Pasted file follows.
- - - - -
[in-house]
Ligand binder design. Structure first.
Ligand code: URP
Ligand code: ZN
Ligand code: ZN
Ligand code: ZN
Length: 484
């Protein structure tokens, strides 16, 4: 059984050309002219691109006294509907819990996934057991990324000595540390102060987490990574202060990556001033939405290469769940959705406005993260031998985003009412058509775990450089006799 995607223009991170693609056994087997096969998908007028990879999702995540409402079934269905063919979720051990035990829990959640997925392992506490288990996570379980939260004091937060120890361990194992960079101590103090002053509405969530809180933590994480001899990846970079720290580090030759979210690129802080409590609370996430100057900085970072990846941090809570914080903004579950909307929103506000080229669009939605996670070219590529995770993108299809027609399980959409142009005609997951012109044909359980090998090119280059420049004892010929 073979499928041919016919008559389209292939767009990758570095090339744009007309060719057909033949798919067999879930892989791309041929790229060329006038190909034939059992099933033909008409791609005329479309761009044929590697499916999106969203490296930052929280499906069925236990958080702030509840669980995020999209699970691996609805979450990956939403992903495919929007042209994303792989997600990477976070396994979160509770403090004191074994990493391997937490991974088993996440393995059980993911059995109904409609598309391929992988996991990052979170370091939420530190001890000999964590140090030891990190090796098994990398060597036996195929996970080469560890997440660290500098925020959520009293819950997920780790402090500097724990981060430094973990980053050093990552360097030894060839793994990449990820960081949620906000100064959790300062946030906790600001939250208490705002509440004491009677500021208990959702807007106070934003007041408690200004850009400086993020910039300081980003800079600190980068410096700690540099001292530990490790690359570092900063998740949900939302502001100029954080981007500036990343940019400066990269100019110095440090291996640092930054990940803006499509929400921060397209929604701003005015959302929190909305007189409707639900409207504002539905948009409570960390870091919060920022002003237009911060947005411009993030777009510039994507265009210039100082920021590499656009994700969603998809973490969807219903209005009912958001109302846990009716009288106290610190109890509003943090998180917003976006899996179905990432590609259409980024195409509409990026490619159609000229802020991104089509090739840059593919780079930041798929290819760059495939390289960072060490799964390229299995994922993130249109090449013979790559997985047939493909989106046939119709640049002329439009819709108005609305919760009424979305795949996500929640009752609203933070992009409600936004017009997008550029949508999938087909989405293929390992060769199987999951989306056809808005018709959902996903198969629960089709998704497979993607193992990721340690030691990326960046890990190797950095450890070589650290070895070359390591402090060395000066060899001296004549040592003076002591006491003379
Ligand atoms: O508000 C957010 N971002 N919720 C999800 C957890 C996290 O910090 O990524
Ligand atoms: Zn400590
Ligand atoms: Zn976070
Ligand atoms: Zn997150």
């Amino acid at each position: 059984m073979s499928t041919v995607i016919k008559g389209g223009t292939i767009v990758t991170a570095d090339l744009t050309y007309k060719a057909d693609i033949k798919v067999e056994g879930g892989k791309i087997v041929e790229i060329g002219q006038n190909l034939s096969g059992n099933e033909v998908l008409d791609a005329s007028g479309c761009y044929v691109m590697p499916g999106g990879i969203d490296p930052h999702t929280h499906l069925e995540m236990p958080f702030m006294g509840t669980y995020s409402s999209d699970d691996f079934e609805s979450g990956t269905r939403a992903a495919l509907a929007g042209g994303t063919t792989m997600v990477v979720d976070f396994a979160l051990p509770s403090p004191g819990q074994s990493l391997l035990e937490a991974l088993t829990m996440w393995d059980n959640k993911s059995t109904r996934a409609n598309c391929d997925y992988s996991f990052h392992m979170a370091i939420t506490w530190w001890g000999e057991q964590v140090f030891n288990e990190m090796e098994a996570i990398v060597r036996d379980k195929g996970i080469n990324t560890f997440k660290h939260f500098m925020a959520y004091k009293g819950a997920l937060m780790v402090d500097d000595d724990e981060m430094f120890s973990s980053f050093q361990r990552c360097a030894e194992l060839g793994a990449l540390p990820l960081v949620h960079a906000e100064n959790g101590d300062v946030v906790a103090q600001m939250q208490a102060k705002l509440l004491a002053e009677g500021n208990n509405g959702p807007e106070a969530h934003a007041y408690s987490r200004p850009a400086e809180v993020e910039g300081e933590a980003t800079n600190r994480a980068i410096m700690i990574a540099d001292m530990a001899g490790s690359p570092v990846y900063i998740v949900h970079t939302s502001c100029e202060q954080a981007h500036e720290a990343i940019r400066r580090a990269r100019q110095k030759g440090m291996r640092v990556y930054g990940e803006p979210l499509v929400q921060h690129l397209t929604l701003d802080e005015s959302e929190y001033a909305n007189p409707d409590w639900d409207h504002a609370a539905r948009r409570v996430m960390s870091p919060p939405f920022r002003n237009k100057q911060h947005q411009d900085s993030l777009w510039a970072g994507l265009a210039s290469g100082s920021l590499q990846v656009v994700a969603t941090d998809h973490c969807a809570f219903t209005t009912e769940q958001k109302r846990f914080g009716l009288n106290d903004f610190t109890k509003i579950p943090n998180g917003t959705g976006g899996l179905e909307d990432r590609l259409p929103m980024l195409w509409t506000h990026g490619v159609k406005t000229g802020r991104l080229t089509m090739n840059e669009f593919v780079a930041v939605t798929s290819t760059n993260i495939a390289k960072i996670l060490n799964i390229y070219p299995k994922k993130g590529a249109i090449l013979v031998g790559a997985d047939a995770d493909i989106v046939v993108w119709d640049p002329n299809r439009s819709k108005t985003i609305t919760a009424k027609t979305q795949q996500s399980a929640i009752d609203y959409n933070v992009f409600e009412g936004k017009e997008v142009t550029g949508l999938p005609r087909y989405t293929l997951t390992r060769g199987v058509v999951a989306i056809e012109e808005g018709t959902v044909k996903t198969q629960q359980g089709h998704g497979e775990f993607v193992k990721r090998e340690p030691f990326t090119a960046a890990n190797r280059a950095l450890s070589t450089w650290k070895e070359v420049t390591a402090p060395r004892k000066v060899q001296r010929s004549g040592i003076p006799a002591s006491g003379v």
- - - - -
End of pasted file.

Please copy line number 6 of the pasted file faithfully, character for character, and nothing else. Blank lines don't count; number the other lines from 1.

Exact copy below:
Ligand code: ZN